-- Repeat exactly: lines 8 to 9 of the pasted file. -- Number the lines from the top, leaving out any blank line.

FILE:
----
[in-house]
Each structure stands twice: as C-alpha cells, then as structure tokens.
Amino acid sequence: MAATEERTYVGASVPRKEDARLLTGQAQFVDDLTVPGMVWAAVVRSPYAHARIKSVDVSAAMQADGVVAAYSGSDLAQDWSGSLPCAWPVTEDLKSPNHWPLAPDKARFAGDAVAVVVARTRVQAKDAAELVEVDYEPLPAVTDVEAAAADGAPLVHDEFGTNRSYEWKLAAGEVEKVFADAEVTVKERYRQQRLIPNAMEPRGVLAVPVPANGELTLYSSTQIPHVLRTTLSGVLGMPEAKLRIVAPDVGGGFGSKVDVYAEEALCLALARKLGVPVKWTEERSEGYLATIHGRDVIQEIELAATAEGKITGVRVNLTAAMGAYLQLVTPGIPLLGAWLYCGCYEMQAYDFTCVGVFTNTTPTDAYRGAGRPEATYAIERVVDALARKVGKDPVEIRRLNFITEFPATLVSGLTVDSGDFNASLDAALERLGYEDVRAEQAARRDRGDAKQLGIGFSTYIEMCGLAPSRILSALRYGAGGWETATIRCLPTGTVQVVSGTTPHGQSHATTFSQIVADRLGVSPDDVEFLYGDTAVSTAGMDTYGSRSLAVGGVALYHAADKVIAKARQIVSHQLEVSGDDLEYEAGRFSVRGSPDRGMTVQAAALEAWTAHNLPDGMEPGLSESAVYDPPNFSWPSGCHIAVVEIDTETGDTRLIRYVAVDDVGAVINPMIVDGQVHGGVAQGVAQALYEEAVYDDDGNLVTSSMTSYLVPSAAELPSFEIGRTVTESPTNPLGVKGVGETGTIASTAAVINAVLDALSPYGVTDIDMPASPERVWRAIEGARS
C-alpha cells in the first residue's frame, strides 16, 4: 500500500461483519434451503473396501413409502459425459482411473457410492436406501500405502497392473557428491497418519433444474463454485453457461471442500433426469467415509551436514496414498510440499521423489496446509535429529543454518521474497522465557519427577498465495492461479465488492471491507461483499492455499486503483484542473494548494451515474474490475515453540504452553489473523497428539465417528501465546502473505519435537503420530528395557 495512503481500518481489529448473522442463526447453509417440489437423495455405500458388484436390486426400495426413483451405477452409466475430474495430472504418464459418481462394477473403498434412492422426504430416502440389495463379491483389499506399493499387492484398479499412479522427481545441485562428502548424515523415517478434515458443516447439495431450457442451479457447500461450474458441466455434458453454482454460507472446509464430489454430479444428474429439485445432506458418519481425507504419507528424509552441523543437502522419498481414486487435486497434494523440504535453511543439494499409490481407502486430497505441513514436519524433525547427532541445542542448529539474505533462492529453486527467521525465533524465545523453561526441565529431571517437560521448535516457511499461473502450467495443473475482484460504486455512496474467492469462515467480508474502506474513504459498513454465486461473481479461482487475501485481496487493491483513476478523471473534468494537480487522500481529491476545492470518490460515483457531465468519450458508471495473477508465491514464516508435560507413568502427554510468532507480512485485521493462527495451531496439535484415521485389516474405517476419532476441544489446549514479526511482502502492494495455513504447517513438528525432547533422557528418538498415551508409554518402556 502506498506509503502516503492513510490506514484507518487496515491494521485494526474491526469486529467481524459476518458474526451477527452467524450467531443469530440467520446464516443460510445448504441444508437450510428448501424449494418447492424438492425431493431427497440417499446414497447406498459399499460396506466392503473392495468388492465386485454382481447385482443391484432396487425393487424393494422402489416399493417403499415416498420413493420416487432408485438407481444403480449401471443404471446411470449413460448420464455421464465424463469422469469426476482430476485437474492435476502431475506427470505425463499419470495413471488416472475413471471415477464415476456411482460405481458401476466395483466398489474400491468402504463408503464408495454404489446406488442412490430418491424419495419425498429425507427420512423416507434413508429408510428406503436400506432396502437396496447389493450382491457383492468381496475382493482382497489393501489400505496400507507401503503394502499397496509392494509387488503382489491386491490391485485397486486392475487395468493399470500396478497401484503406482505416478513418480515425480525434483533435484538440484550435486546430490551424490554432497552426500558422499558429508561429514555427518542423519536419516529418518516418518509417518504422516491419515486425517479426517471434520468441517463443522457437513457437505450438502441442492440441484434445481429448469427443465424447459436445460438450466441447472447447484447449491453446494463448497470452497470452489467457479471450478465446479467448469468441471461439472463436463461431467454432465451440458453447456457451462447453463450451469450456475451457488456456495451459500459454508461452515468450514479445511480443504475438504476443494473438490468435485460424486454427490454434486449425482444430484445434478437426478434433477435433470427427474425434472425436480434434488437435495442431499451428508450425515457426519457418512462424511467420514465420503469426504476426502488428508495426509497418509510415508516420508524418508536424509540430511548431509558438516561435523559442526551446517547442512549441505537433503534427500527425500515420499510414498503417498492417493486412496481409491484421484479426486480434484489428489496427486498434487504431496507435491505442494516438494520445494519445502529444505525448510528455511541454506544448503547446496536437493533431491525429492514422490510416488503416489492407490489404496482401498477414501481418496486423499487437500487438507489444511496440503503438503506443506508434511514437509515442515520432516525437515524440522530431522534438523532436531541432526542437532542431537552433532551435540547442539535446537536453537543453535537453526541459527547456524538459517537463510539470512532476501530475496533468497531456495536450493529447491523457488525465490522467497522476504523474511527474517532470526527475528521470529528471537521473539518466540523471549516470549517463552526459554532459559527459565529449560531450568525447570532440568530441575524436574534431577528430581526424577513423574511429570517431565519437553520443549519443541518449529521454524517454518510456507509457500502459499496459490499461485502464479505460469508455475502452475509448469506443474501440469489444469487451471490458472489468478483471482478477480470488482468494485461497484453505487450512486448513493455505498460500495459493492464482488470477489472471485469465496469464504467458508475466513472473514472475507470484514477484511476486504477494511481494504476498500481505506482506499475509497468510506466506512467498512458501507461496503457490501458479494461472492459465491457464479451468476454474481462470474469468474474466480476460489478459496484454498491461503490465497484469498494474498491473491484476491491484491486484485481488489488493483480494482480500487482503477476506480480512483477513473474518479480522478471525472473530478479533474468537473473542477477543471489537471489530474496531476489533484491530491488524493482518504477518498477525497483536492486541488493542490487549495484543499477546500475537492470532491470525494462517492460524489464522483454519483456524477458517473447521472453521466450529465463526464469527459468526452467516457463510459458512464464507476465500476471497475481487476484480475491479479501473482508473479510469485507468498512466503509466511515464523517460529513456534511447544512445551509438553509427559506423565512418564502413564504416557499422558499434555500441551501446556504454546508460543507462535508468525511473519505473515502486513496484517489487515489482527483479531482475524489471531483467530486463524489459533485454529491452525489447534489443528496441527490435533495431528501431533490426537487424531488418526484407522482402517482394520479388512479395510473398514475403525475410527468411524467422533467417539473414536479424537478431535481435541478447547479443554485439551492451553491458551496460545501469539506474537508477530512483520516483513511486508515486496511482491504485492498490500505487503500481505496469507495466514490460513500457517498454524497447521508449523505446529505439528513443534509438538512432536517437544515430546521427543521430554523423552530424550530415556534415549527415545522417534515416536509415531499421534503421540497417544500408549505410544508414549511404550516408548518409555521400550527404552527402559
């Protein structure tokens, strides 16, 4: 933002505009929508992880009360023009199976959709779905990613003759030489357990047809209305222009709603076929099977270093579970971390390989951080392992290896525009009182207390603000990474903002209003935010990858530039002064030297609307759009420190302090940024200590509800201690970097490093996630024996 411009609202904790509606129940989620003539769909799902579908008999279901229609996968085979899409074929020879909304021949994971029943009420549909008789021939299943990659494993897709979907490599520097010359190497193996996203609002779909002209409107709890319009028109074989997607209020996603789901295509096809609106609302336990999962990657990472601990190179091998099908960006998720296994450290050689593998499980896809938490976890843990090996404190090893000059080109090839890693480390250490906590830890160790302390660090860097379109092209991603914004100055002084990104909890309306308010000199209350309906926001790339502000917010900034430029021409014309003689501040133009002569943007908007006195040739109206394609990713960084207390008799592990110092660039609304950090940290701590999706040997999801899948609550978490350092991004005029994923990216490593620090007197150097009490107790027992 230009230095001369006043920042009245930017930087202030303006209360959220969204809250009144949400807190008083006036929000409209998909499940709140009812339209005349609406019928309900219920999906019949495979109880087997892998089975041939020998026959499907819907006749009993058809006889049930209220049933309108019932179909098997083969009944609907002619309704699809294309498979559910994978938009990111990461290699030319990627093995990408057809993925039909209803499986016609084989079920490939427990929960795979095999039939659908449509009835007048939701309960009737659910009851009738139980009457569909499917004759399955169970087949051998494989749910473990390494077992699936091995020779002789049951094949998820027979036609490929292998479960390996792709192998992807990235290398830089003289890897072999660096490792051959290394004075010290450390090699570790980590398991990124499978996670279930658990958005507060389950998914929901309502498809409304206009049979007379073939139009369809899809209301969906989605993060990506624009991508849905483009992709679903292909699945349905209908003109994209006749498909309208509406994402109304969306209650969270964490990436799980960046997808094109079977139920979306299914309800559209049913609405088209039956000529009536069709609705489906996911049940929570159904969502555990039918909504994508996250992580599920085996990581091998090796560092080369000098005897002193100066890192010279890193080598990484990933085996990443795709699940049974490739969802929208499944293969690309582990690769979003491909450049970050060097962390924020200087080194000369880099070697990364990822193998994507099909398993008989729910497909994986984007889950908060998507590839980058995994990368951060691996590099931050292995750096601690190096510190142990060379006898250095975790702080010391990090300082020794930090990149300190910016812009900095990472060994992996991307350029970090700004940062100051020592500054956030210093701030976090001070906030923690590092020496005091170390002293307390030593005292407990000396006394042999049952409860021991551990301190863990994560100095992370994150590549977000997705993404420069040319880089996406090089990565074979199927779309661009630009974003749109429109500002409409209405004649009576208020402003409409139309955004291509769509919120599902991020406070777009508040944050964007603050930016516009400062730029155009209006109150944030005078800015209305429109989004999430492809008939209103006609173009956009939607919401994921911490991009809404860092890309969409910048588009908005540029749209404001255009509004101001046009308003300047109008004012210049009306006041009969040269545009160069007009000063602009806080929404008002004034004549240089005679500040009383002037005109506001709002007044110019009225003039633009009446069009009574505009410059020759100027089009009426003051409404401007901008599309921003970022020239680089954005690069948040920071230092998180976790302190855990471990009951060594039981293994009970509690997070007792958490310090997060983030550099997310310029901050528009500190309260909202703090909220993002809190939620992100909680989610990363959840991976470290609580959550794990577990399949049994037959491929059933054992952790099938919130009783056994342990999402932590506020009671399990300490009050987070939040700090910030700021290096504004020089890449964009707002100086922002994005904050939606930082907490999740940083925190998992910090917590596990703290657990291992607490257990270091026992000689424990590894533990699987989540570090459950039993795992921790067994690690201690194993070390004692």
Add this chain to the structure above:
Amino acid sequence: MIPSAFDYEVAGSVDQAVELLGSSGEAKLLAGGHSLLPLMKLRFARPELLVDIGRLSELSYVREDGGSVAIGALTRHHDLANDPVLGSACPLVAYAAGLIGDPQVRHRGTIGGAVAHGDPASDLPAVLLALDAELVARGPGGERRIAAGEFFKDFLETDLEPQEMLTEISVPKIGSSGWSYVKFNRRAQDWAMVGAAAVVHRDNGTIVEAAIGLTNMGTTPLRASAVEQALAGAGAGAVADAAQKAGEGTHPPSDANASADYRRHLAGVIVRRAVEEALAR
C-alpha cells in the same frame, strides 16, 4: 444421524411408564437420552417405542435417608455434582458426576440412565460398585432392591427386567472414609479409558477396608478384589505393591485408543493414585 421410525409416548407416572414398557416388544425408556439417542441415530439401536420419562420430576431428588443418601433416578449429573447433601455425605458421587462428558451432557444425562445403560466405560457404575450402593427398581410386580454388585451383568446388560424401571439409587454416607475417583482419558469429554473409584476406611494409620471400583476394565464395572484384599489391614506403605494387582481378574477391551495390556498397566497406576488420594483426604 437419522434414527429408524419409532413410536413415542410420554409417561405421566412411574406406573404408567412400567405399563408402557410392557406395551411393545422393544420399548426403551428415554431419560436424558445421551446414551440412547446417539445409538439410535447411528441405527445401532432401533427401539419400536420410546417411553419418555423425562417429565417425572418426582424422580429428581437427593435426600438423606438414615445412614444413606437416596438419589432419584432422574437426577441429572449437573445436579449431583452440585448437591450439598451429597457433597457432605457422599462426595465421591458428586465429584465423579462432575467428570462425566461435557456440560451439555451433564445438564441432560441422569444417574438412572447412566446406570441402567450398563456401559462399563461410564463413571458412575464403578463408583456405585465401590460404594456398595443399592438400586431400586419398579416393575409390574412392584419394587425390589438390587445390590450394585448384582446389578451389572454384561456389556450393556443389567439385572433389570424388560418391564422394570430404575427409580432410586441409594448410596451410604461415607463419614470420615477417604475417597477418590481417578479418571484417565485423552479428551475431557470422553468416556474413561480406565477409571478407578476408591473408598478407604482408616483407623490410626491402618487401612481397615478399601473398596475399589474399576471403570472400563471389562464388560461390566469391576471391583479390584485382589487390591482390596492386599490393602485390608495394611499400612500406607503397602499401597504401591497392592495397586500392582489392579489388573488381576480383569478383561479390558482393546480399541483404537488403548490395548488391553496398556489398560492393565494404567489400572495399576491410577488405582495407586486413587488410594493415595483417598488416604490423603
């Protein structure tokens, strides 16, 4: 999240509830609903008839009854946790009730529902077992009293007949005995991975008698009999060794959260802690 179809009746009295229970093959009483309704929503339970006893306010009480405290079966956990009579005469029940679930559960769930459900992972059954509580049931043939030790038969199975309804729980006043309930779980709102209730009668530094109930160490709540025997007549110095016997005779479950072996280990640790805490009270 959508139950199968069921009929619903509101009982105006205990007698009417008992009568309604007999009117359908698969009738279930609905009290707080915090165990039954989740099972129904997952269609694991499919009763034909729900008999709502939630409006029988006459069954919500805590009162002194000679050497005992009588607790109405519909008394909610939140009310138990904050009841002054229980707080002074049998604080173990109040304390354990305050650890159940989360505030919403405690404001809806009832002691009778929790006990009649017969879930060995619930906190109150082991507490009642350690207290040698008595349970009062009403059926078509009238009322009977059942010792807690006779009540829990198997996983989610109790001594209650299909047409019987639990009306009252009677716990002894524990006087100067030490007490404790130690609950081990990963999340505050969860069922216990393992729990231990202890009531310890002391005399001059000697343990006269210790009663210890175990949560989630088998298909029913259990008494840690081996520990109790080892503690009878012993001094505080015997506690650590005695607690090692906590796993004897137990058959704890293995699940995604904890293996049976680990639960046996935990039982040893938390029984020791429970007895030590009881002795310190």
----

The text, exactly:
C-alpha cells in the same frame, strides 16, 4: 444421524411408564437420552417405542435417608455434582458426576440412565460398585432392591427386567472414609479409558477396608478384589505393591485408543493414585 421410525409416548407416572414398557416388544425408556439417542441415530439401536420419562420430576431428588443418601433416578449429573447433601455425605458421587462428558451432557444425562445403560466405560457404575450402593427398581410386580454388585451383568446388560424401571439409587454416607475417583482419558469429554473409584476406611494409620471400583476394565464395572484384599489391614506403605494387582481378574477391551495390556498397566497406576488420594483426604 437419522434414527429408524419409532413410536413415542410420554409417561405421566412411574406406573404408567412400567405399563408402557410392557406395551411393545422393544420399548426403551428415554431419560436424558445421551446414551440412547446417539445409538439410535447411528441405527445401532432401533427401539419400536420410546417411553419418555423425562417429565417425572418426582424422580429428581437427593435426600438423606438414615445412614444413606437416596438419589432419584432422574437426577441429572449437573445436579449431583452440585448437591450439598451429597457433597457432605457422599462426595465421591458428586465429584465423579462432575467428570462425566461435557456440560451439555451433564445438564441432560441422569444417574438412572447412566446406570441402567450398563456401559462399563461410564463413571458412575464403578463408583456405585465401590460404594456398595443399592438400586431400586419398579416393575409390574412392584419394587425390589438390587445390590450394585448384582446389578451389572454384561456389556450393556443389567439385572433389570424388560418391564422394570430404575427409580432410586441409594448410596451410604461415607463419614470420615477417604475417597477418590481417578479418571484417565485423552479428551475431557470422553468416556474413561480406565477409571478407578476408591473408598478407604482408616483407623490410626491402618487401612481397615478399601473398596475399589474399576471403570472400563471389562464388560461390566469391576471391583479390584485382589487390591482390596492386599490393602485390608495394611499400612500406607503397602499401597504401591497392592495397586500392582489392579489388573488381576480383569478383561479390558482393546480399541483404537488403548490395548488391553496398556489398560492393565494404567489400572495399576491410577488405582495407586486413587488410594493415595483417598488416604490423603
């Protein structure tokens, strides 16, 4: 999240509830609903008839009854946790009730529902077992009293007949005995991975008698009999060794959260802690 179809009746009295229970093959009483309704929503339970006893306010009480405290079966956990009579005469029940679930559960769930459900992972059954509580049931043939030790038969199975309804729980006043309930779980709102209730009668530094109930160490709540025997007549110095016997005779479950072996280990640790805490009270 959508139950199968069921009929619903509101009982105006205990007698009417008992009568309604007999009117359908698969009738279930609905009290707080915090165990039954989740099972129904997952269609694991499919009763034909729900008999709502939630409006029988006459069954919500805590009162002194000679050497005992009588607790109405519909008394909610939140009310138990904050009841002054229980707080002074049998604080173990109040304390354990305050650890159940989360505030919403405690404001809806009832002691009778929790006990009649017969879930060995619930906190109150082991507490009642350690207290040698008595349970009062009403059926078509009238009322009977059942010792807690006779009540829990198997996983989610109790001594209650299909047409019987639990009306009252009677716990002894524990006087100067030490007490404790130690609950081990990963999340505050969860069922216990393992729990231990202890009531310890002391005399001059000697343990006269210790009663210890175990949560989630088998298909029913259990008494840690081996520990109790080892503690009878012993001094505080015997506690650590005695607690090692906590796993004897137990058959704890293995699940995604904890293996049976680990639960046996935990039982040893938390029984020791429970007895030590009881002795310190």